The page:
Offshore Tax Compliance Update – Recent IRS Tax Prosecutions

The following convictions represent recent successful prosecutions by the Department of Justice, Tax Division and reinforce the Government’s commitment to ferret out tax cheats, wherever they may be located.

Case 1

On October 7, 2016 a Michigan business man and owner of several mining related businesses, pleaded guilty to concealing $2.6 million held in a Swiss bank account.

According to the facts set forth in the plea agreement, the defendant transferred $2.6 million from his parents trust account to a bank account at Credit Suisse. In order to conceal the account from IRS detection, the defendant set up Hong Kong Company and had the Credit Suisse account held in the company name. The Hong Kong Company’s only business purpose was to act as the named account holder. The defendant falsely states on his 2008-2012 federal income tax returns that he had no interest in a foreign financial account and also failed to report the income from the Credit Suisse account. To exacerbate matters, in 2010 the defendant filed an amended tax return for the tax year 2008. Once again, the defendant failed to report the income generated in 2008 from the Credit Suisse account.https://www.justice.gov/opa/pr/michigan-business-owner-pleads-guilty-concealing-swiss-bank-account

Case 2

On September 28, 2016, a New York City resident pleaded guilty to using a sham foreign entity and numbered accounts in Switzerland and Israel in order to evade taxes.

From 1987 to 2008 the defendant maintained a number of undeclared foreign financial accounts and accounts at UBS held in the name of Contactus Partnership Associated, SA (Contactus) a sham entity organized in the British Virgin Islands.In 2008 the defendant closed the UBS accounts and transferred the assets to a newly opened account at Clariden Leu. The newly opened account was held in the name Contactus.

Shortly thereafter the defendant closed the account at Clariden Leu and transferred the assets to a newly opened Swiss bank account in the name of the same sham entity. The defendant was successful in getting the Swiss Bank to falsely record the defendant’s Belgian cousin as the owner of the assets in the Contactus account. Six months later the defendant closed the Contactus account at the Swiss Bank and transferred the assets to a newly opened bank account in Israel held in the name of a different cousin.From 2005-2011 the defendant also maintained an undeclared account at Bank Leumi in Israel   under the name of a non-resident alien, residing outside of the United States.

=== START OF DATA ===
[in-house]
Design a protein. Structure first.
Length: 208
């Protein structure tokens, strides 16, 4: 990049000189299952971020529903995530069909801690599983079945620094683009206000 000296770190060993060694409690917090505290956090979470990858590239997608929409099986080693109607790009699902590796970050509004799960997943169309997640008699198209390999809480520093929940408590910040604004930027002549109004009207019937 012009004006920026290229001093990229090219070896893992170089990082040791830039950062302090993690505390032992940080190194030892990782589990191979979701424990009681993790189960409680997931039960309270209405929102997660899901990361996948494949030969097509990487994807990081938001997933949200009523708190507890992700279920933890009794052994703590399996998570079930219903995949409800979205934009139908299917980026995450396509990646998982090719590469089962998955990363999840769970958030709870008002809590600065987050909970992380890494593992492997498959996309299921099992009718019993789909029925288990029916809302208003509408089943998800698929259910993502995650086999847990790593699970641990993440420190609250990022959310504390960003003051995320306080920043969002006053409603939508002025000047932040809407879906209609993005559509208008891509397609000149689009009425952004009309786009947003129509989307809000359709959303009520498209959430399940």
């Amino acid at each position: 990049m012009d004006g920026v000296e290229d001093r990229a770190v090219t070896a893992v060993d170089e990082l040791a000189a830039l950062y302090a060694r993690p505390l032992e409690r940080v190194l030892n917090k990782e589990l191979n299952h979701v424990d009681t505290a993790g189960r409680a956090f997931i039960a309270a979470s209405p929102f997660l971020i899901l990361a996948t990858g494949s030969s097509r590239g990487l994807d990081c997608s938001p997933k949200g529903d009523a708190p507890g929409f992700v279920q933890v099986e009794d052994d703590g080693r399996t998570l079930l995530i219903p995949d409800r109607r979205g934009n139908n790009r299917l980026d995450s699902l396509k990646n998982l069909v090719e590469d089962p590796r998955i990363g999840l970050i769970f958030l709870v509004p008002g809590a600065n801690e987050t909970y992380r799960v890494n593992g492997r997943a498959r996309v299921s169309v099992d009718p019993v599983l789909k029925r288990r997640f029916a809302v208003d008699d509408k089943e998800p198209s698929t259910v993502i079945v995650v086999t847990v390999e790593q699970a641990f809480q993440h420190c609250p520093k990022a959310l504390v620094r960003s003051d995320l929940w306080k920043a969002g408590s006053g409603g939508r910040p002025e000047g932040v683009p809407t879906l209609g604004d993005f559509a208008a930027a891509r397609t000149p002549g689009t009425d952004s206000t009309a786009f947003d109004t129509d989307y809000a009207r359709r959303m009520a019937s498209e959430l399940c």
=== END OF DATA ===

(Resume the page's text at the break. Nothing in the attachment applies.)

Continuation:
In 2010 the defendant was able to obtain an Israeli Identity Card. The defendant then opened an account in his own name at Bank Leumi, claiming that the defendant resided in the United Kingdom. He also signed a document under penalty of perjury affirming that he was not a U.S. Citizen.

Subsequently, the defendant repatriated the funds from his undeclared accounts to the United States.  In order to carry out the scheme, the defendant had his attorney draw up a sham loan agreement between the defendant and Contactus and then caused the funds to be transferred to his attorney escrow account.

The defendant filed fraudulent federal and New York State tax returns by deliberately omitting the income from the foreign financial accounts and by failing to pay income taxes on the omitted income. As a result, the defendant was able to evade paying $653,580 in federal income tax for the tax years 2002-2005 and 2007-2010.

The defendant also failed to report his ownership and control of his foreign financial accounts on FinCen Form 114 despite being advised by an accounting firm that he had an obligation to file FinCen Form 114 and that failure to do so could result in civil and criminal penalties being imposed. https://www.justice.gov/opa/pr/new-york-city-resident-pleads-guilty-using-sham-foreign-entity-and-secret-foreign-accounts

Case 3

On September 21, 2016 a Weston Connecticut man pleaded guilty to concealing over 1.5 million in income from an undeclared foreign financial account.

According to the DOJ press release, the defendant conspired with another individual in the United States and others to conceal his assets and income. The scheme was designed to evade paying income tax derived from the sale of duty free alcohol and tobacco products. The defendant used a sham entity, Centennial Group, a registered Panamanian corporation to buy and sell duty free products. In order to carry out the scheme, the defendant arranged to have alcohol shipped through a custom bonded warehouse in the Foreign Trade zone in Southern Florida. The tobacco products passed through a customs bonded warehouse in North Bergen, New Jersey. In total, the defendant was able to transfer $1,627,832 to his undeclared bank account in Panama. The defendant repatriated some of the proceeds from his Panamanian account for the purchase of a Mercedes and to pay $19,000 in interior design goods. The defendant failed to report the income earned on his Panamanian account and also failed to file an FBAR for the relevant tax years. https://www.justice.gov/opa/pr/connecticut-man-pleads-guilty-concealing-income-undeclared-panamanian-bank-account

Deputy Assistant Attorney General Ciraolo reaffirmed that “the Department of the Treasury will: “continue to vigorously pursue and prosecuted those who conceal their assets and income in offshore accounts in an effort to evade paying their fair share of taxes.”